Is it possible to set up a bootloader that automatically begins shredding the header.img file and then the encrypted partition itself upon X failed attempts at decrypting the partition?

If this does not already exist - is it possible to create any such software without extensive work?


  • 1
    Of course preferably without informing the intruder before the process is well underway.
    – cxou
    May 20, 2015 at 18:49

2 Answers 2


Yes (for your own bootloader / initramfs) and No (for a thief who tries to decrypt it from a Live CD and thus circumvents your trap). So the question is, which situation are you trying to cover here...

From a security standpoint it's not a good idea since it doesn't work and the password should be impossible to bruteforce anyhow. Also there is a high risk of triggering that trap yourself.

It's entirely possible to make mistakes when entering a passphrase. My favourite is the caps lock key, hit it accidentally and not notice (since the password is not echoed) and... in your case it goes boom.

In order to implement it you'd have to see if your distro's flavour of initramfs has a hook system or similar. A normal cryptsetup call may look like this:

cryptsetup -T 5 luksOpen /dev/sda1 luksroot

To boobytrap it you could simply do something like:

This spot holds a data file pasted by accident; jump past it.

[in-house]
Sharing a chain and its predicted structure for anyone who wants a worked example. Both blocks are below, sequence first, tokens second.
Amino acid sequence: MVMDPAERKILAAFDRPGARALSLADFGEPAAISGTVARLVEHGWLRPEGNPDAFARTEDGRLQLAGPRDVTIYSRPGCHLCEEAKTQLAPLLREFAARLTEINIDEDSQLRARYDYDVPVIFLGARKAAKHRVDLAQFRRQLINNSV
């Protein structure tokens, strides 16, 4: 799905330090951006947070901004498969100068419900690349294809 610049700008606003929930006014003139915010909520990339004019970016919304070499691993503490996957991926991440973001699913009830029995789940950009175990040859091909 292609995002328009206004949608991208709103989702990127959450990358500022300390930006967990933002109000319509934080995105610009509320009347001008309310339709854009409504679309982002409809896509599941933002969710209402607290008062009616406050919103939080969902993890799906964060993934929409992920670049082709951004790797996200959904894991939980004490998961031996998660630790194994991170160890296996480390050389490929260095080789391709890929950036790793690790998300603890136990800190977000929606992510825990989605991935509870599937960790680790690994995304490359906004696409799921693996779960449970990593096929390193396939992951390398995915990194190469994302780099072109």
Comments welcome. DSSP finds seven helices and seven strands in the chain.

cryptsetup -T 5 luksOpen /dev/sda1 luksroot || boobytrap

And boobytrap would be a function that deletes your stuff while keeping the thief occupied. In addition to that you must absolutely check the error code of cryptsetup; so you don't delete because of wrong parameters or anything like that. Check the RETURN CODES section in the manpage.

Pseudocode: (untested and not recommended)

boobytrap() {
    if [ $? -eq 2 ]
        # kill the disk silently in the background...
        dd bs=1M if=/dev/zero of=/dev/sda1 seek=2 2> /dev/null &
        # ...while keeping the thief busy entering more passwords
        cryptsetup -T 9999 luksOpen /dev/sda1 luksroot \
        && echo Congrats, but I already deleted your data...

I hope you have a good backup.


A quick look around my Debian "wheezy" system suggests that it would be perfectly possible to insert such a boobytrap in the function do_luks, located in the shell script library /lib/cryptsetup/cryptdisks.functions, which is called from /etc/init.d/cryptdisks-early.

After changing the code it would be necessary to run update-initramfs to ensure that the initial boot disk image was also updated.

My Debian "jessie" system also has these files but I have not confirmed whether or not they are actually used in this brave new world of systemd.

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